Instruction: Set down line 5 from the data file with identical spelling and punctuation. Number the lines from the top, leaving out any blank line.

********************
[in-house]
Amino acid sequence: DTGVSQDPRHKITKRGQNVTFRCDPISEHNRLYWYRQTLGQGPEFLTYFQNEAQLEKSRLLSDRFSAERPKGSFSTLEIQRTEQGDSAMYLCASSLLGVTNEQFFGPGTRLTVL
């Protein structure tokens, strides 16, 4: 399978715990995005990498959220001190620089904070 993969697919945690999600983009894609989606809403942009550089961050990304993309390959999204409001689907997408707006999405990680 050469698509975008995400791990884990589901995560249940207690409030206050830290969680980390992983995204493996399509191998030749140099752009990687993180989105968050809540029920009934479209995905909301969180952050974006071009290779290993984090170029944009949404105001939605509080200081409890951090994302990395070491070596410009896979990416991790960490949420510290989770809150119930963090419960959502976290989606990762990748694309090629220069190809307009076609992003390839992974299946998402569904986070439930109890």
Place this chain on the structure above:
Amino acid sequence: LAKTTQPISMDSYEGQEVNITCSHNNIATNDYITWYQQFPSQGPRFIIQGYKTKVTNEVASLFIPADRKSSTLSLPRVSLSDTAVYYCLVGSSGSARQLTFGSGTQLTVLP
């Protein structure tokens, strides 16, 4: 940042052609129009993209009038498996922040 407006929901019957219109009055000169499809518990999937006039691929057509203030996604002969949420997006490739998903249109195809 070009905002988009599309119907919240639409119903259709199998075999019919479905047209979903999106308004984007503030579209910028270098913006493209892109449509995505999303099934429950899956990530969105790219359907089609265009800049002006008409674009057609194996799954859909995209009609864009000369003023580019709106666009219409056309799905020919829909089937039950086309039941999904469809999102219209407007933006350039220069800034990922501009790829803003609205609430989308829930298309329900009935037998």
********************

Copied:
Amino acid sequence: LAKTTQPISMDSYEGQEVNITCSHNNIATNDYITWYQQFPSQGPRFIIQGYKTKVTNEVASLFIPADRKSSTLSLPRVSLSDTAVYYCLVGSSGSARQLTFGSGTQLTVLP